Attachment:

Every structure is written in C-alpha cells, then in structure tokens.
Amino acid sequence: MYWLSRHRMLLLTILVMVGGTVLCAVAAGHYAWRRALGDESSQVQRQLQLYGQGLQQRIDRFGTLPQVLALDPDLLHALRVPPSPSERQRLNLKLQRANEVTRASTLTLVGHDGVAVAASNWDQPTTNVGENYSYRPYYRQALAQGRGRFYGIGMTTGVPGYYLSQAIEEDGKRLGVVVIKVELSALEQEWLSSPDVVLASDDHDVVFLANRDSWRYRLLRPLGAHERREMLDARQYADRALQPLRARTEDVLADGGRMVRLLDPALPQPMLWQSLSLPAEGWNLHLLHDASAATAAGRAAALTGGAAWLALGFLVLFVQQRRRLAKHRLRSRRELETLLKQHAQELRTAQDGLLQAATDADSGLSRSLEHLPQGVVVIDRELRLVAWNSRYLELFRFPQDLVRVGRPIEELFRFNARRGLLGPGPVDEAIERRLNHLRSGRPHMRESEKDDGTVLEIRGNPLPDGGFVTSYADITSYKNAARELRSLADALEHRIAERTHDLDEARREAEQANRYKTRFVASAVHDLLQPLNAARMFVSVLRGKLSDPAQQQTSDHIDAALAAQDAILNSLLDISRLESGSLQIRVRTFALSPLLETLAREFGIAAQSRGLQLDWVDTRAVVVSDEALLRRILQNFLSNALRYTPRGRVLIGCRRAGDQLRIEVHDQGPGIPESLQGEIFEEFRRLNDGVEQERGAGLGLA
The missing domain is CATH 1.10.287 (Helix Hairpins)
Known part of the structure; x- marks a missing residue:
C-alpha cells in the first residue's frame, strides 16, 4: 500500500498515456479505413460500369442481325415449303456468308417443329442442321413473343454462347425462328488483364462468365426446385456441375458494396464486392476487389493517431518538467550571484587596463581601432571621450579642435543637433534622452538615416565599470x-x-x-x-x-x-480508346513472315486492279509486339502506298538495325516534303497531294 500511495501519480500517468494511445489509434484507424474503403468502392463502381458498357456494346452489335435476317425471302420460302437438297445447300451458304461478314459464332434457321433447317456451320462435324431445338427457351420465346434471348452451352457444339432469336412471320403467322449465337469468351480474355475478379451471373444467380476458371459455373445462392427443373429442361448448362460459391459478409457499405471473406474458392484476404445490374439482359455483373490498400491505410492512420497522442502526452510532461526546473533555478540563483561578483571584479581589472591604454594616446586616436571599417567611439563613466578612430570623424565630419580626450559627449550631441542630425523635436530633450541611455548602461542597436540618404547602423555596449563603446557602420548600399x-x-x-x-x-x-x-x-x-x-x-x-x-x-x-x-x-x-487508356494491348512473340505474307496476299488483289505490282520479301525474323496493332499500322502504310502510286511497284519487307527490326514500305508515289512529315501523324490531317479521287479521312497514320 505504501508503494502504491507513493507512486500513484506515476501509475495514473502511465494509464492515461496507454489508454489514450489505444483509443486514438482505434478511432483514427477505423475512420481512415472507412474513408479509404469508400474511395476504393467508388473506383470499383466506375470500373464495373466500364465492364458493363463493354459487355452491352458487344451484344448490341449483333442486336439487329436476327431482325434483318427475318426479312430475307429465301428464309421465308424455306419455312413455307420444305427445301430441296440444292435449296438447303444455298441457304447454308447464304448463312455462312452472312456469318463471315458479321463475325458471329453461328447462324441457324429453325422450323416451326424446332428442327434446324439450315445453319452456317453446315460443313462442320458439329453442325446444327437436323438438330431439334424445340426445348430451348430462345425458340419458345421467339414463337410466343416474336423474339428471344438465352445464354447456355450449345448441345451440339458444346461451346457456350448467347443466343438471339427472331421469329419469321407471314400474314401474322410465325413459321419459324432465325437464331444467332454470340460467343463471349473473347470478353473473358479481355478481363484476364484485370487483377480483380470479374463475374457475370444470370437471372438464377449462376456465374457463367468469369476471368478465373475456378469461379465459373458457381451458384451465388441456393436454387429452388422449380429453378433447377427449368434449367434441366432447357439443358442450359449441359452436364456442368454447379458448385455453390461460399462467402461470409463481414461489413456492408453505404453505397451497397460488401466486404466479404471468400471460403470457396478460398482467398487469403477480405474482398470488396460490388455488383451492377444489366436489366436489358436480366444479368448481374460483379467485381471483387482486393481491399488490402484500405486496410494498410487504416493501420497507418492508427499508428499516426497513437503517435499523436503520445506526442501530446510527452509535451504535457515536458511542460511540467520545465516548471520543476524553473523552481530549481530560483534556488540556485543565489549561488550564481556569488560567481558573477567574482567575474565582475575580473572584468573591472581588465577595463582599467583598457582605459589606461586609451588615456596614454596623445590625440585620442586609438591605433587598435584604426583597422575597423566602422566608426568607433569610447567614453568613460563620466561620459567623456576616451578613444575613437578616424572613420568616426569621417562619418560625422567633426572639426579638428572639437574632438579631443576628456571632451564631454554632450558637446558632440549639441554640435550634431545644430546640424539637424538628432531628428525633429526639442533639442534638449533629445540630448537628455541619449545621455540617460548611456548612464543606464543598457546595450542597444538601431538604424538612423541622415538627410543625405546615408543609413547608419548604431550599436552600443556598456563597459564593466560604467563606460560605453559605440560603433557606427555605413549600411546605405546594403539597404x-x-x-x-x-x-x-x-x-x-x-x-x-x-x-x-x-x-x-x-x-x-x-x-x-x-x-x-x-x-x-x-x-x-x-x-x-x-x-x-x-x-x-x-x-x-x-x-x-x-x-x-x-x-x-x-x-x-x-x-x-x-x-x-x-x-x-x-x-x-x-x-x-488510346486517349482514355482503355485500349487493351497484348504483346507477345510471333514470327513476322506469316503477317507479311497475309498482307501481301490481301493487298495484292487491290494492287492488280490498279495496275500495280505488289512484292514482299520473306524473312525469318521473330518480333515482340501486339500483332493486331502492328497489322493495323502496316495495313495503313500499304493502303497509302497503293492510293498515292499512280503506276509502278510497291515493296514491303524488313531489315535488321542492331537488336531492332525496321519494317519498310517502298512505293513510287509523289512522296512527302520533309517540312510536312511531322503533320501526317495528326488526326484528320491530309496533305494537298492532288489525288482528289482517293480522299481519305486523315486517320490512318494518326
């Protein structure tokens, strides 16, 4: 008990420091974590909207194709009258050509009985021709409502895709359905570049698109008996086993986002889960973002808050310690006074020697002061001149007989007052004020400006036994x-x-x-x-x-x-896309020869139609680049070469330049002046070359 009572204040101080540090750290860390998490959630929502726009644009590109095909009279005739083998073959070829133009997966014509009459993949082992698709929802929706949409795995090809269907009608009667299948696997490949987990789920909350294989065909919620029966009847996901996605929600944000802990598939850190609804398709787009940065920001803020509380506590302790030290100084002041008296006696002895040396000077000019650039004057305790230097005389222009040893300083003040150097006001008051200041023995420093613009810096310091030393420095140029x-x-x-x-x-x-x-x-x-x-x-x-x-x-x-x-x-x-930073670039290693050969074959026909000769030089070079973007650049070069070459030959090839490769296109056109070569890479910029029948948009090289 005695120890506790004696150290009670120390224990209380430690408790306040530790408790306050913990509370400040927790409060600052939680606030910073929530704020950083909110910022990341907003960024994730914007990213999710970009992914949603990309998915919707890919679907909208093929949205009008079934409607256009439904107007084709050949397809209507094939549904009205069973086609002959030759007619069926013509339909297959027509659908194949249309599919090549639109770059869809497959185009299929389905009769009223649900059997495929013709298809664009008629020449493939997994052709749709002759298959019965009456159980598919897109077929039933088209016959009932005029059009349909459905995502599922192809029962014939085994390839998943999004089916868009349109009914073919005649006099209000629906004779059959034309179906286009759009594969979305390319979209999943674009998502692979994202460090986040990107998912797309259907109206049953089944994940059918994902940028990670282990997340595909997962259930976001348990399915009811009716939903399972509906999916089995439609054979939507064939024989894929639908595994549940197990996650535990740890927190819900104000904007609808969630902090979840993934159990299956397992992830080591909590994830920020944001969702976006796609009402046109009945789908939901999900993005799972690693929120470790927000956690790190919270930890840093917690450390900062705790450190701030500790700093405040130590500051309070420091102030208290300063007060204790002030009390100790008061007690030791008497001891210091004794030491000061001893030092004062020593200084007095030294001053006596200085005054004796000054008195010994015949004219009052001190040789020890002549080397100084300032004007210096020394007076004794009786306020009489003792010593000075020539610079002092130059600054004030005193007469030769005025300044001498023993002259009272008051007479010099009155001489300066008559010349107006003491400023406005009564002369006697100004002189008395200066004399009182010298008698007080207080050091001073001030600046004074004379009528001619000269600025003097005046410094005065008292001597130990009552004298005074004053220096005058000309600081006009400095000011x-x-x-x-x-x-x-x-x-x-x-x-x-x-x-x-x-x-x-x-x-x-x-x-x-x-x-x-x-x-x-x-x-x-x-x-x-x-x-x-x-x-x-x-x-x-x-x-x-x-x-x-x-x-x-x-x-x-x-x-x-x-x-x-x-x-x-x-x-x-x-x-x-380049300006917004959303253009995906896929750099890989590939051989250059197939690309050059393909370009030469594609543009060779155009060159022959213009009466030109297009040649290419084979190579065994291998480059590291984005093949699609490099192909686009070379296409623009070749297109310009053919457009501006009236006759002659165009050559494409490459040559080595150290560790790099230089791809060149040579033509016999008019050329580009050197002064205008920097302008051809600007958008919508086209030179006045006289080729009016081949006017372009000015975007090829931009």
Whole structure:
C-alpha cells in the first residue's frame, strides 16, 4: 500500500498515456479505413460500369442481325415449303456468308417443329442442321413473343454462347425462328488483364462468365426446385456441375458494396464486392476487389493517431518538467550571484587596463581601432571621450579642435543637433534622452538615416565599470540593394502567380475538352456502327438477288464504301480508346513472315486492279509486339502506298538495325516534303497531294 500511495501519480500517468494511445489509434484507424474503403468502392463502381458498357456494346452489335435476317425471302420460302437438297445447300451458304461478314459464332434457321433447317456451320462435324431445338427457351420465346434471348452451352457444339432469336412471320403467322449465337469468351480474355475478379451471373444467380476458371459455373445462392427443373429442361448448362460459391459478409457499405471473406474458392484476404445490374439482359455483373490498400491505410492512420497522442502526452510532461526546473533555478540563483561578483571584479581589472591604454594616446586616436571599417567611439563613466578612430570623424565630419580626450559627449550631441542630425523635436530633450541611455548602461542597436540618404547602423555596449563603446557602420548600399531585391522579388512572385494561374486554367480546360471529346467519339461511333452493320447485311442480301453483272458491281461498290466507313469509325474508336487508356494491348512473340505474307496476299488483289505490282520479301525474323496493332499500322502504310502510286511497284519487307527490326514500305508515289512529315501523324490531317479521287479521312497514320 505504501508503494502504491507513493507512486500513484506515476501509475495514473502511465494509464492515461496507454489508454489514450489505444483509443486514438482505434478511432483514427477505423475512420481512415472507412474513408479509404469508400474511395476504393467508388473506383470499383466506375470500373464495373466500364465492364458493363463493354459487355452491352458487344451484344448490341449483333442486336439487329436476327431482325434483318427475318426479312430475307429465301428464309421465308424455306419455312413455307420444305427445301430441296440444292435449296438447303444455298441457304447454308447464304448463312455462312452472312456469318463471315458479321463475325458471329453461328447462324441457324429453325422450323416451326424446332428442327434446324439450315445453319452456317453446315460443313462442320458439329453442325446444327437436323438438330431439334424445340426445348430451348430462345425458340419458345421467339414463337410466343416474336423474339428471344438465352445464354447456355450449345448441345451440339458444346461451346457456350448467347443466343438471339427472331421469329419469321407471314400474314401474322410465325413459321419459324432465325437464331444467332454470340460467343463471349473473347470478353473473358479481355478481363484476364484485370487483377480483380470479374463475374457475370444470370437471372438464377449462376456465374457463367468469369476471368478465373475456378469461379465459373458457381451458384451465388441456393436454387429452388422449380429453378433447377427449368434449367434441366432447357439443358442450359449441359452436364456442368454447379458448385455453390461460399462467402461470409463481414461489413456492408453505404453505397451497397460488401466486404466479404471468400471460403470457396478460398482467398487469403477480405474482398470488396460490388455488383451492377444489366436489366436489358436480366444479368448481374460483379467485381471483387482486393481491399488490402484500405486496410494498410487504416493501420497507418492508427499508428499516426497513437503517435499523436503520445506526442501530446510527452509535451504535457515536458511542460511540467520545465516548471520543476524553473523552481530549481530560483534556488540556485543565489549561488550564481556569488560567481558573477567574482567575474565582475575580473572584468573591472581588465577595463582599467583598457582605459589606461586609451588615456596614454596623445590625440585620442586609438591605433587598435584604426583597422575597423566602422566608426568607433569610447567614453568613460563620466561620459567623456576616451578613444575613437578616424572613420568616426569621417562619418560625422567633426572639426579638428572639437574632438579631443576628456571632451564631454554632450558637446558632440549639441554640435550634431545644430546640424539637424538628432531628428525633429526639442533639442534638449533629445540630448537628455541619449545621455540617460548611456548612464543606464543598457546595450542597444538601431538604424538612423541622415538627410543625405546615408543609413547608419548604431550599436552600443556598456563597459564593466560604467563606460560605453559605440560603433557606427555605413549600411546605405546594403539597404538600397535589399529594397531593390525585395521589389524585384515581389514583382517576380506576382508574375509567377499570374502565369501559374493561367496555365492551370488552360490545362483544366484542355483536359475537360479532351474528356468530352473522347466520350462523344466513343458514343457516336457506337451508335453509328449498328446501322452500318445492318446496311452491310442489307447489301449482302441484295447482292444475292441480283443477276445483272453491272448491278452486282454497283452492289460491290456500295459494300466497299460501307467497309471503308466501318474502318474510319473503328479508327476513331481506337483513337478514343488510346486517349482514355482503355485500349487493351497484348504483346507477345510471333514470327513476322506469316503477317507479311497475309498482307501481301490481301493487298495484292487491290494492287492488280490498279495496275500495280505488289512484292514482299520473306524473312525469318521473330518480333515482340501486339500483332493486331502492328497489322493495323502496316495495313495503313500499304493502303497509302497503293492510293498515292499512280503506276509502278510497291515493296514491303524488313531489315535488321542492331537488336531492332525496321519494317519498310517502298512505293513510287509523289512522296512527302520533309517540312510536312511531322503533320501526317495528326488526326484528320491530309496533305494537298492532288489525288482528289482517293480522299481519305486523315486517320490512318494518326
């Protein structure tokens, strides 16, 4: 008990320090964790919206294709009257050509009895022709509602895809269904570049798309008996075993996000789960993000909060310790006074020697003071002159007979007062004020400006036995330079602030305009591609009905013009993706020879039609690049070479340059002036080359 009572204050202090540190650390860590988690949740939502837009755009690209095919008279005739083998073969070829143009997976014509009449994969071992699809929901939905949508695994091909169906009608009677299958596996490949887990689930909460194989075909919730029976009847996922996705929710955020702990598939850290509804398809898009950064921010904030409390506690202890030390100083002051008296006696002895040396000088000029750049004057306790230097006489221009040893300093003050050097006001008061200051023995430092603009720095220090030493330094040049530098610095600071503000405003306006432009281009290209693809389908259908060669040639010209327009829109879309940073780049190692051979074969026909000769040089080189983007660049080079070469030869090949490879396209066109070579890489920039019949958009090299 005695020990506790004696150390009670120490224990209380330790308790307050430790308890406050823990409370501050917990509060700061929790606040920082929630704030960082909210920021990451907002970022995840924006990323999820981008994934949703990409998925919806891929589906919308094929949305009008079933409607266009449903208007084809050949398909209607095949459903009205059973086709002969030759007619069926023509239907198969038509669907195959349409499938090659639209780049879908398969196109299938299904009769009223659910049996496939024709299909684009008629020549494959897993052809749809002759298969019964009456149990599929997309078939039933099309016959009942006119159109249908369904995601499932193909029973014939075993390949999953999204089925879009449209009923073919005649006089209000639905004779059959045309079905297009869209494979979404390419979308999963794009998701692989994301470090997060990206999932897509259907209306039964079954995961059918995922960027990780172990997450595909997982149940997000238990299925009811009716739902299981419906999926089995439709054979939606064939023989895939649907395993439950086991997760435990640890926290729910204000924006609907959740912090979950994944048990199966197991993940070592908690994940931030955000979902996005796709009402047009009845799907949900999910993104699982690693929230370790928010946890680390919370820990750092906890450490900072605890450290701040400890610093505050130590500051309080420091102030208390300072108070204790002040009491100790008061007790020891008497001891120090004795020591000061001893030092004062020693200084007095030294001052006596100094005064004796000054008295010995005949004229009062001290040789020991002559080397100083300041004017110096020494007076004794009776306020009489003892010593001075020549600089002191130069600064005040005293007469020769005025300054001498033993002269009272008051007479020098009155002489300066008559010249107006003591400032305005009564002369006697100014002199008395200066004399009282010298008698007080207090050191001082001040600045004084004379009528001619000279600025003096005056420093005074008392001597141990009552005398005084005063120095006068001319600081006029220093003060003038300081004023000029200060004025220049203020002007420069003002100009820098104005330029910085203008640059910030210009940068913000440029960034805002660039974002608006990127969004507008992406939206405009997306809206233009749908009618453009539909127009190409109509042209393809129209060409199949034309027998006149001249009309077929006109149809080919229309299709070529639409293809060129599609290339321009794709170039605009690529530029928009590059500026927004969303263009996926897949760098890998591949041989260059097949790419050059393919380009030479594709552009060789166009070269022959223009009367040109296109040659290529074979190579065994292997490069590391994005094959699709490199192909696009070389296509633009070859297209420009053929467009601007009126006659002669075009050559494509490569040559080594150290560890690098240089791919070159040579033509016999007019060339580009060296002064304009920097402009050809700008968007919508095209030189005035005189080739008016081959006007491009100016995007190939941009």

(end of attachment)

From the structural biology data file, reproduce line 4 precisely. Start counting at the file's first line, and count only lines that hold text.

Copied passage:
Known part of the structure; x- marks a missing residue: